Friday, September 10, 2010


I recently ordered an large stash of vintage wallpaper for the journals and can't wait to tear into this lovely's the thick textury kind that makes good covers. I have some more that was in rolls I will show you when I get photos. Some of these I can't imagine having a whole wall let alone a whole room papered in them, but in small doses they are gorgeous.

Wednesday, September 08, 2010

call for submissions (artists who write, writers who art)

I am working on a project that is half for a Chicago Calling event, "Two Way Tarot Mirror", and half for an idea I've been tossing around of creating a tarot deck (or book of some sort) for dancing girl release (initially it was just going to me something I did, but I think it will be much more fun if it involves you (yes, YOU over there). Right now, I'm thinking we'll just stick to the major arcana, but possibly may expand that if this goes over well. How it works is I need 21 people willing to create a two sided 4 x 6 card using whatever artistic medium they would like. One one side, the image side, it would be more image based (drawing, painting, collage, whatever) based on one of the major arcana cards I will choose for you at random (I plan on just drawing you a card from the deck I have.) The other side would likely be text prose, poetry, knock-knock jokes, instructions, recipes related to your card in some way.) Since I will be reading and sharing them on Oct 2nd, time is of the essence, so I would need them ideally mailed to me by September 25th. For the actual book project I plan on going through the whole deck possibly...but for now I will be assigning cards to the first 21 people who e-mail me wanting to participate so contact me if you are interested in being a part of this. dancinggirlpress (at) yahoo with the subject heading of "tarot project"...

Saturday, September 04, 2010

september, again

It definitely feels a little like fall the last couple of days, and I even had to close my windows in the apartment last night when I got home. I am already craving soup and baked things. I am starting to get cracking on restocking the shop for the holiday rush which will be here before we know it. I've added some fall flavored slips, some new notecards, pencil boxes, letter openers. Also some collage prints are available of collages that the originals have long since sold (or they were never available in the shop). As always there just doesn't seem to be enough time to make and do all that I am inspired to do. This week, I will be making more hair bobbies (I had a huge vintage earring score) and finishing up some journals I've been working on (small wallpaper covered notebooks, sadly not the coptic bound ones I am still trying to perfect.) Next weekend I plan on sewing some more pillows that are larger than the little ones I started out with. And always more soap to make and wrap.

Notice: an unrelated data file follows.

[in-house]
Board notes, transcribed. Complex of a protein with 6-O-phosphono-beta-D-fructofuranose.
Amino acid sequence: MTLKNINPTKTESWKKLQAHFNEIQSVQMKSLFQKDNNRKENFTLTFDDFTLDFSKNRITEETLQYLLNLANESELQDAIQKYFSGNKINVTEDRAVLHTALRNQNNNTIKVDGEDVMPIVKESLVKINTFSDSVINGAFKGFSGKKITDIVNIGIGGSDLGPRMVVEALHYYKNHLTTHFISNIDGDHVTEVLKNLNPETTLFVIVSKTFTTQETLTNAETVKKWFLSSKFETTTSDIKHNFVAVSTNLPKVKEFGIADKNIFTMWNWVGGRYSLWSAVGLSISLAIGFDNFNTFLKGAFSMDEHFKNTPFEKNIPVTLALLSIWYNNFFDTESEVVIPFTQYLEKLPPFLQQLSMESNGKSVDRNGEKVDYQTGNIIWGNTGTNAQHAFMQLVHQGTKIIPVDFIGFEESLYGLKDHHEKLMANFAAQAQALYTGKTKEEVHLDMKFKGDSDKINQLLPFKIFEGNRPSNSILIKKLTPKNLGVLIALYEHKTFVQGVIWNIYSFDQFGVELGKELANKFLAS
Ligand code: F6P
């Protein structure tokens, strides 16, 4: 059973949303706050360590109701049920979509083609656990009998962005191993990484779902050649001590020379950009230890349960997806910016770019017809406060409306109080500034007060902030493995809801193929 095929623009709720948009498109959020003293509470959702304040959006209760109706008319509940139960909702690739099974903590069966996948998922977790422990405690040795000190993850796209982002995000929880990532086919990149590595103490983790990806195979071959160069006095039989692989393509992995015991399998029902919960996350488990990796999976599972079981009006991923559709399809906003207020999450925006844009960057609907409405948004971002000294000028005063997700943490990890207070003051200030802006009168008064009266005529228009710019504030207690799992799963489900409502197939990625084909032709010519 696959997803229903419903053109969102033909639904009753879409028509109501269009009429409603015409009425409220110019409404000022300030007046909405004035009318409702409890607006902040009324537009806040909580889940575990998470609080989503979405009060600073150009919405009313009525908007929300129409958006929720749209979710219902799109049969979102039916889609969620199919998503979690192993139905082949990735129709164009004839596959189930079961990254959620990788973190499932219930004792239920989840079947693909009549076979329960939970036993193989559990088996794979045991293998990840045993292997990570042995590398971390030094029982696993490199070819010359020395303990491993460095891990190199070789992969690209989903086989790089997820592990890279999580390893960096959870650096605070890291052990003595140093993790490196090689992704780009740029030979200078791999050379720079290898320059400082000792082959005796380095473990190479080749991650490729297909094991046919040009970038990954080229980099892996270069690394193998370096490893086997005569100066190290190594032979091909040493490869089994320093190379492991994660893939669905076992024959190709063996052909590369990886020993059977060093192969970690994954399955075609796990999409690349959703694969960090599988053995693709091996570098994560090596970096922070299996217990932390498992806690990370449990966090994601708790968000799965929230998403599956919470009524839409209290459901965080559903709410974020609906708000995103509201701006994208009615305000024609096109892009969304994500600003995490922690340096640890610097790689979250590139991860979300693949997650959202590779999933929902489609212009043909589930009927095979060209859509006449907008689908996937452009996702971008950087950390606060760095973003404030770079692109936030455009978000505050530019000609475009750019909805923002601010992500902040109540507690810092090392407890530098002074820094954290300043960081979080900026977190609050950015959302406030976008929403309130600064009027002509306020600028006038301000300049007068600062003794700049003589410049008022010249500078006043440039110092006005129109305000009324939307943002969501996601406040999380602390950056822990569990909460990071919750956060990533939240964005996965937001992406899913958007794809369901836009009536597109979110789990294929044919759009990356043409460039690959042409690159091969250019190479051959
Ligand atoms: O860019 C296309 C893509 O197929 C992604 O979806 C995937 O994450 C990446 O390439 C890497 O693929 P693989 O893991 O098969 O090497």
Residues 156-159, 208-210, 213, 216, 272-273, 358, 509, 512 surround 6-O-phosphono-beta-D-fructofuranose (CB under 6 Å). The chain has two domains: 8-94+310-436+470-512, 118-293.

In dgp news, I am hoping to have the new chap by Naomi Buck Palagi, Silver Roof Tantrum, done this week and then finishing the layout on 5 new September releases (books by Julia Cohen/ Brandon Shimoda, Emilie Lindemann, Joanna Novak, Alexis Vergala, Britanny Ober, and Grace Marie Grafton.) We are still woefully behind my original schedule, but there is a new one I am hoping to keep to. Otherwise, the dgp inbox is full of about 350 new manuscripts to read through in the next couple of months. (you know, the books I will be woefully behind on next year.) The nice thing is I am back to the nightshift and will have plenty of circ desk reading (especially next weekend when I am pulling a double header in the library.)

I am fighting a little bit of melancholy, even though I was waiting for autumn, it's sad to see it here.

Friday, September 03, 2010

next friday night

We'll be having our first open studio of the fall season next week and there will be all sorts of new little surprises, especially lovely papery things like new notecards, journals, dgp titles, letter openers, pencil boxes, and collage prints. Also, pillows, fall slips, and new jewelry...oh my!

Friday, September 10th
The Fine Arts Building
Studio 921
410 S Michigan